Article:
Working together with the users/clients and getting them to be involved in all the design thinking phases results in the distillation of the real needs through the lens of ease, convenience, and efficiency in performing their tasks so they can do their work, easier, faster and to provide better results. Mutual agreement on the needs and the solution makes users feel that they are legitimate participants because they took part in devising the solution and it was not imposed on them. This feeling is important especially when the implementation results in new work routines. In other words – it assists change management.
Knowledge and knowledge management – the foundation for ideation
Einstein contended that16: “The only source of knowledge is experience.” The various ideas on how to respond to the needs that have been defined, are based on previous experiences and knowledge. The way similar problems were solved in other organizations, the relative performance of competitive solutions, the service level, the possible effect of the organizational culture concerning KM on the suggested solution, etc.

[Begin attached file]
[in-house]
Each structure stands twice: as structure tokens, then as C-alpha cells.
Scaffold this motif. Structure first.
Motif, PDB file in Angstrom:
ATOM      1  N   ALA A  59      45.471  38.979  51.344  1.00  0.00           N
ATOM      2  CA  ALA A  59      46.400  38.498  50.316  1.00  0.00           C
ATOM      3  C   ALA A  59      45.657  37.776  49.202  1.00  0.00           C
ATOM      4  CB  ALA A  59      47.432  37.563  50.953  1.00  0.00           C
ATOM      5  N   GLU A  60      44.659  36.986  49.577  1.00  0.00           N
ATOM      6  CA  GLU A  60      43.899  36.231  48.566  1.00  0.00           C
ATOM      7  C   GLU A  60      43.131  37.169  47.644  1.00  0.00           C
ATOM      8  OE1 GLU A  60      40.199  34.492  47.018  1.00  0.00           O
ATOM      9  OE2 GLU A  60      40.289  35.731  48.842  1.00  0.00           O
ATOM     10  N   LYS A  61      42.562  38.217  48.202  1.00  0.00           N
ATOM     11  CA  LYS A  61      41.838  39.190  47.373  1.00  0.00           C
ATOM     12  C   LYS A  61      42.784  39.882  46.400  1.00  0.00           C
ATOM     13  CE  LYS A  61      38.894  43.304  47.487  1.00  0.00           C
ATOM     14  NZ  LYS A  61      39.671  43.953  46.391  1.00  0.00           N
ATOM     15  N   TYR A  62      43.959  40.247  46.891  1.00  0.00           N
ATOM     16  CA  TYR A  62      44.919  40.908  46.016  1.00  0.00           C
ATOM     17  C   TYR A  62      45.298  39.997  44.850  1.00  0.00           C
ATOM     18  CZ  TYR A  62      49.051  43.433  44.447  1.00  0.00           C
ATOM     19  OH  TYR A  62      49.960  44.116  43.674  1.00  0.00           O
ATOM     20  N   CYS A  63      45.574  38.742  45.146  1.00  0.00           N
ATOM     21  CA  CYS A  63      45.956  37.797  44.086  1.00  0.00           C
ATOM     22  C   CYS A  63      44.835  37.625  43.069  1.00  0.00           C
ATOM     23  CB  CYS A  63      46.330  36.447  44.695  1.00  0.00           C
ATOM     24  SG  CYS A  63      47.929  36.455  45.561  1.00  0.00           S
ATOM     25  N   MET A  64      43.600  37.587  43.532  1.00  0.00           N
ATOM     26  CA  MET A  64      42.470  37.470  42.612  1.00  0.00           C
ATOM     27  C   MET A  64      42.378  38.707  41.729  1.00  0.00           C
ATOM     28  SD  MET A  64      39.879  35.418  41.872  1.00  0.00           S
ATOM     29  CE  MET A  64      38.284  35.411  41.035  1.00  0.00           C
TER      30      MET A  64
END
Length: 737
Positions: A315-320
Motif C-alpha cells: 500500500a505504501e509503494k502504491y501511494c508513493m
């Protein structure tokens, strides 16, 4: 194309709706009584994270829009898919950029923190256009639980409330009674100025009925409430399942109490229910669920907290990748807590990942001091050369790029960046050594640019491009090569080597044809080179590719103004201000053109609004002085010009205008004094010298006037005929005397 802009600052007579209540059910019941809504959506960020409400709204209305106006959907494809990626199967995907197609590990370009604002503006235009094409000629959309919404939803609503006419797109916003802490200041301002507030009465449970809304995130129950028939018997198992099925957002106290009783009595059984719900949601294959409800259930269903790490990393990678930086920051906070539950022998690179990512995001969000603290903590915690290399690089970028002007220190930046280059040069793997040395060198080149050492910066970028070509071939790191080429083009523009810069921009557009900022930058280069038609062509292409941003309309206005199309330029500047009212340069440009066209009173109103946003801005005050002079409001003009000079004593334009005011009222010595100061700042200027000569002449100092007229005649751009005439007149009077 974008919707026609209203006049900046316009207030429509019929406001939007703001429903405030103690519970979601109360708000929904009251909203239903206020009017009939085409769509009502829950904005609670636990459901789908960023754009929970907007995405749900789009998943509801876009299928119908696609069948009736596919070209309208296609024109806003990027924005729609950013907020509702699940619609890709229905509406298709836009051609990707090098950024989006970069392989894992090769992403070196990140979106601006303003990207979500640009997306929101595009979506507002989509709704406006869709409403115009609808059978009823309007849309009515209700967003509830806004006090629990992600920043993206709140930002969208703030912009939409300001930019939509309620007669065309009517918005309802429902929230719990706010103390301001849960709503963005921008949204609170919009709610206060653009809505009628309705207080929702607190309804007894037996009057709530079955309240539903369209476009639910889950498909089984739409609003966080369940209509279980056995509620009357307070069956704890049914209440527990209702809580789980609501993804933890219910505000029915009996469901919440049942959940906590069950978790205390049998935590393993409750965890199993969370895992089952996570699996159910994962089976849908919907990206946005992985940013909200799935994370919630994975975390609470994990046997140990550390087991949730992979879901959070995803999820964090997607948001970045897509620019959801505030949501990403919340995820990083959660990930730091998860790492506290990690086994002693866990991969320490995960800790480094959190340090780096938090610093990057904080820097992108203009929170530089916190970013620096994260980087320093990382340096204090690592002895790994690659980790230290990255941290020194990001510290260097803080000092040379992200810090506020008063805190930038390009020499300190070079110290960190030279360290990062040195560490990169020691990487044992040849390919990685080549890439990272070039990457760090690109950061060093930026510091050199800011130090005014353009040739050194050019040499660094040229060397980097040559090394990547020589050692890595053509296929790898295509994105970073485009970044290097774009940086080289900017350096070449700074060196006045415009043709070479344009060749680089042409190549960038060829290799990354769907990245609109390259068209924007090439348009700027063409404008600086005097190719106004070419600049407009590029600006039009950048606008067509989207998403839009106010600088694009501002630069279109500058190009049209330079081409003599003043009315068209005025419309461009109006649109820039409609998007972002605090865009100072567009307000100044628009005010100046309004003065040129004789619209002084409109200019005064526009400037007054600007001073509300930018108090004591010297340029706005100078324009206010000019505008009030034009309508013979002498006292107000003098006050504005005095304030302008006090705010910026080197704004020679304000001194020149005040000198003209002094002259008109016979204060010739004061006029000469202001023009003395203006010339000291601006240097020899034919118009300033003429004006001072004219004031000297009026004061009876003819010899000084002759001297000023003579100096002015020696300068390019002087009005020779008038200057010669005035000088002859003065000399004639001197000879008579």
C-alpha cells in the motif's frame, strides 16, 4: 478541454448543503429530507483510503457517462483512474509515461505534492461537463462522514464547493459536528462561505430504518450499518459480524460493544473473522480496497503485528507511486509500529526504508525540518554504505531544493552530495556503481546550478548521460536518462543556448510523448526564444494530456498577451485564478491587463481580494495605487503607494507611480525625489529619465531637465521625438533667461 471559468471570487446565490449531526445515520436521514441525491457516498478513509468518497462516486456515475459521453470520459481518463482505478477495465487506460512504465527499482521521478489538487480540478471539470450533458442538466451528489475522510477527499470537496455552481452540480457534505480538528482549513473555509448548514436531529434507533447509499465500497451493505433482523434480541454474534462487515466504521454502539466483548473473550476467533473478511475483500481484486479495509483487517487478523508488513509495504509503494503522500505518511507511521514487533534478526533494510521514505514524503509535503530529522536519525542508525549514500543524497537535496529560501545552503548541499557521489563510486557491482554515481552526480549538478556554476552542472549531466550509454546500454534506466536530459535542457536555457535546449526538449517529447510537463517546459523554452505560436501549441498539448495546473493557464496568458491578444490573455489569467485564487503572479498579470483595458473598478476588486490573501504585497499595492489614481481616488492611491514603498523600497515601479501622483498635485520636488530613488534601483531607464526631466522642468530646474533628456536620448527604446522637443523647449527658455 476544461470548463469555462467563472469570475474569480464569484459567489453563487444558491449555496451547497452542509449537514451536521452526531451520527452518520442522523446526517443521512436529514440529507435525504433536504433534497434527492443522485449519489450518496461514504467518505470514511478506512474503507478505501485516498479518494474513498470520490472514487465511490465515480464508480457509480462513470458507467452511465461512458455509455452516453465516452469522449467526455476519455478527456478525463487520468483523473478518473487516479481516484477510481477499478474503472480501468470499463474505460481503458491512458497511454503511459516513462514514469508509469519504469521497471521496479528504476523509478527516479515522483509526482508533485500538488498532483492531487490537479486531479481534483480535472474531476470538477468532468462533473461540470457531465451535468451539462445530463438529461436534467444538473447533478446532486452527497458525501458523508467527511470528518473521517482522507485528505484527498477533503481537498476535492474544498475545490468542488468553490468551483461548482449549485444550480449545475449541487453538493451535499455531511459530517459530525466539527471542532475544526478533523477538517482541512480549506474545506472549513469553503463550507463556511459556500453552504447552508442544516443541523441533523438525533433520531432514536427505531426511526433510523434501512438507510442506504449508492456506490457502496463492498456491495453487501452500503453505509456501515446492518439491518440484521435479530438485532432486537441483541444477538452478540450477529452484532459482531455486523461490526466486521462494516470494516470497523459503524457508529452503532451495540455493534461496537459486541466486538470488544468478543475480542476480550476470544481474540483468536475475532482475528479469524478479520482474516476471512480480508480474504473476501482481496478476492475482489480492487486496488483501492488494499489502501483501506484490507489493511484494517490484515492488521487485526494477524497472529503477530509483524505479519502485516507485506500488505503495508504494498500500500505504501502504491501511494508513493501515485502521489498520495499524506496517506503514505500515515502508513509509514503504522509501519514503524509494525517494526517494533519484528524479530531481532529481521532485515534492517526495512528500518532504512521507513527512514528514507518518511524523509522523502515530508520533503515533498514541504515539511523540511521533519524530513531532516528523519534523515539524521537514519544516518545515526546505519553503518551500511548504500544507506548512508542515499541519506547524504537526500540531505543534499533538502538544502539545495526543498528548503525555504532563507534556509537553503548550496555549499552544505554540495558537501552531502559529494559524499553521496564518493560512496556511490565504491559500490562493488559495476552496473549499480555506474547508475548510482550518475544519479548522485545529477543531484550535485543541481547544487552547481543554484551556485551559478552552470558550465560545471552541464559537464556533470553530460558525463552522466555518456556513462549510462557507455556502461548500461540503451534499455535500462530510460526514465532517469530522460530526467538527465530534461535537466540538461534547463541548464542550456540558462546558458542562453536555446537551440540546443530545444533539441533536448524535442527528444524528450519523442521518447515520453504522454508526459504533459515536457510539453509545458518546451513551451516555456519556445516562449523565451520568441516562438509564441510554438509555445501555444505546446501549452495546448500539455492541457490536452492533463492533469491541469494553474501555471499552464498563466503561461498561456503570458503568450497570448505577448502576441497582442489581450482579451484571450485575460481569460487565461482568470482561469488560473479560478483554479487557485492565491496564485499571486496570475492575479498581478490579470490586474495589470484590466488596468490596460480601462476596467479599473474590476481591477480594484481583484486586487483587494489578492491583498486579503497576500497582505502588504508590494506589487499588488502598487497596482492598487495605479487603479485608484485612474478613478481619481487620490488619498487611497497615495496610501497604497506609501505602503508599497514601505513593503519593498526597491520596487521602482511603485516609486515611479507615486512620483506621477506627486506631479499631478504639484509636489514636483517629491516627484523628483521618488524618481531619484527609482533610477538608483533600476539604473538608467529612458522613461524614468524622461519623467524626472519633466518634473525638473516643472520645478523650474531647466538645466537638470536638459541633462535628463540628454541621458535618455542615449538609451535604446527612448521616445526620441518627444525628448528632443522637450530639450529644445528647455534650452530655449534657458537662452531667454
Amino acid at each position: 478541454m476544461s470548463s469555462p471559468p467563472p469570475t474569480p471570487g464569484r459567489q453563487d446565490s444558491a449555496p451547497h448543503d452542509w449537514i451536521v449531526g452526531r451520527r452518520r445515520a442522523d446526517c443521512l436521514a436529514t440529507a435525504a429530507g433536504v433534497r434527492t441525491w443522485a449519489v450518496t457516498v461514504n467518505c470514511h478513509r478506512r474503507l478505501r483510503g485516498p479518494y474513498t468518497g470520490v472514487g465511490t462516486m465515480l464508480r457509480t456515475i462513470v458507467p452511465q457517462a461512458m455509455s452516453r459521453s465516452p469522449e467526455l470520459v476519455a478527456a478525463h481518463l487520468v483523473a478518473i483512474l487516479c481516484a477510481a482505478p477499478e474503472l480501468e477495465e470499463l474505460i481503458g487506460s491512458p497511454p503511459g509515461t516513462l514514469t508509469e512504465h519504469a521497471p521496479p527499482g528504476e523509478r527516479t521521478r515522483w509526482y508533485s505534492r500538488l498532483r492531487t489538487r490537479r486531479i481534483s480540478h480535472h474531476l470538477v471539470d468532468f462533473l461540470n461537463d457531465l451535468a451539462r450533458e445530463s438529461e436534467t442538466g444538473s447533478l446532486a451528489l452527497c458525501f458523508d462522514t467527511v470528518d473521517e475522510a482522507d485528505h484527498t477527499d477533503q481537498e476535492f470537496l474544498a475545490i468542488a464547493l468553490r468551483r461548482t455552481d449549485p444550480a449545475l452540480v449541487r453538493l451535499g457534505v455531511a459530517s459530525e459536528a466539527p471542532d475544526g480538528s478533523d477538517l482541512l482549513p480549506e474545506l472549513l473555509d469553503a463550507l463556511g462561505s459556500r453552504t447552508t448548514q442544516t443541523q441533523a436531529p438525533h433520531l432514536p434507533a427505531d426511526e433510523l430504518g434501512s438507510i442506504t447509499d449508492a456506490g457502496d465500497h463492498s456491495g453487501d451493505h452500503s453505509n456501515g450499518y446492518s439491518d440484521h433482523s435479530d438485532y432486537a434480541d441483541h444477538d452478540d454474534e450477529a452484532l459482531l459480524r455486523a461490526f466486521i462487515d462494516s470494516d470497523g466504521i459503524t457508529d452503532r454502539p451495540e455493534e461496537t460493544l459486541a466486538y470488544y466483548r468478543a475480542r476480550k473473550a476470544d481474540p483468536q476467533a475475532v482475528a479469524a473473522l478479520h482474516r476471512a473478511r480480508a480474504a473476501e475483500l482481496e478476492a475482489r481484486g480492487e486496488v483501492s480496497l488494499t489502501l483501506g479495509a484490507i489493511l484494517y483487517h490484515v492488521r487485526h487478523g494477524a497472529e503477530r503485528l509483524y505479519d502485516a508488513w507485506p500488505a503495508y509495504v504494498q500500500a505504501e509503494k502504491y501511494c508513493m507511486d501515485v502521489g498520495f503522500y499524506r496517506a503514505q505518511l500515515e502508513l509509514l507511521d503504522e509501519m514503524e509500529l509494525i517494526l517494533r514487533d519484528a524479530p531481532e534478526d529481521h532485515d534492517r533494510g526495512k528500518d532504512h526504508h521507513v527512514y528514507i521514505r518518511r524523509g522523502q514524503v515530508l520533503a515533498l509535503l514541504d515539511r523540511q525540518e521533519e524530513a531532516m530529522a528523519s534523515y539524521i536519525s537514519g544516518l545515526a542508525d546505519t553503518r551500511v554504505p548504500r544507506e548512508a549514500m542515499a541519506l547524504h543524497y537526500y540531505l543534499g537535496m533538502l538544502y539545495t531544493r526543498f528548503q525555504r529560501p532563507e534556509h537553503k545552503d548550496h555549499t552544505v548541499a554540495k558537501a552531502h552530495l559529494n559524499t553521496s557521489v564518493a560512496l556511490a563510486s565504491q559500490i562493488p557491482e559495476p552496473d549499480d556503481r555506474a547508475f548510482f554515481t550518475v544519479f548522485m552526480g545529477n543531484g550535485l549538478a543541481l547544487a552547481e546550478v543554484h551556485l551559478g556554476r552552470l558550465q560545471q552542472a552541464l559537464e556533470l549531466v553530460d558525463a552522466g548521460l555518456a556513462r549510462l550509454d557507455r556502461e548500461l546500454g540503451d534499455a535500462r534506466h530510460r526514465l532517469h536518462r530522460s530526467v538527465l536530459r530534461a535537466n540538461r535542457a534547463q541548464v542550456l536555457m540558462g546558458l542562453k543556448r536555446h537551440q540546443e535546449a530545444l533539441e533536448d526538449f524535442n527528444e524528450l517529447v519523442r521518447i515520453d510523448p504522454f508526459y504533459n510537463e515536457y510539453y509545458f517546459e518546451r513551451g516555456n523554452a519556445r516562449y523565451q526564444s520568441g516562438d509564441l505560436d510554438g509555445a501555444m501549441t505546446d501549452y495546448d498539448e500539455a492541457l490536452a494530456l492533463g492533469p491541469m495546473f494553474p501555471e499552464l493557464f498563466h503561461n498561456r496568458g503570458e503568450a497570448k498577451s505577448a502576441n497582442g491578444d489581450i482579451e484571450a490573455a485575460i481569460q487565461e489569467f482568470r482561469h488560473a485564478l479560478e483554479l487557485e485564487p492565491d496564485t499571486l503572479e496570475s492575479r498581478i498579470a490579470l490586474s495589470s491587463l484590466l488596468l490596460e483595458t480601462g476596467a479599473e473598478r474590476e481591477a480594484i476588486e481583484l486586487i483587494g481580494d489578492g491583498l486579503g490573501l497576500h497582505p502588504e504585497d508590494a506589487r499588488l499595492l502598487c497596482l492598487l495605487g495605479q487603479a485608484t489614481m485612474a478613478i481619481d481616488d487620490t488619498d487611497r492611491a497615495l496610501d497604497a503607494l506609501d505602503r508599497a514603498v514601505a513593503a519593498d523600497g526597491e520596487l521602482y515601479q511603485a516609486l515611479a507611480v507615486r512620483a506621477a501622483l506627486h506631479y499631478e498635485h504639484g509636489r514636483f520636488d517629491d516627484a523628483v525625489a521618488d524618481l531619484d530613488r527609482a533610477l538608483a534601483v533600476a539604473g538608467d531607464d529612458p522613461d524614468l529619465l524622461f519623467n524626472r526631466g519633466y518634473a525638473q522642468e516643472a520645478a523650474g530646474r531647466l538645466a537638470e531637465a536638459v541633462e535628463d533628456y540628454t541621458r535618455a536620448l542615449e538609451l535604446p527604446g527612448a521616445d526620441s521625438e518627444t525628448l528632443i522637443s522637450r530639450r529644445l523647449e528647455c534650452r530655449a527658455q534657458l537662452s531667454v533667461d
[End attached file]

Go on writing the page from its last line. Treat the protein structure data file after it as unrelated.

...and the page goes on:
Design thinking is an agile, non-linear process. This philosophy translates into successive iterations among the five phases until consensus is achieved. Once a solution is decided upon in the ideate phase a prototype should be built and tested. The testing can be performed in a small unit e.g., a part of the R&D department, or by a small group of vigilant knowledge champions. The testers’ bad experiences are translated into prototype fixes that are then re-tested until good user experience is achieved.
Having accomplished these steps is helpful in the successful implementation of a knowledge management initiative.
Acknowledgements: Many thanks to Balaji Iyer, Rudolf D’Souza, Bruce Boyes and Yair Dembinski for helpful suggestions that greatly improved the article.
Header image source: Arek Socha on Pixabay.
- Micheli, P., Wilner, S. J., Bhatti, S. H., Mura, M., & Beverland, M. B. (2019). Doing design thinking: Conceptual review, synthesis, and research agenda. Journal of Product Innovation Management, 36(2), 124-148. ↩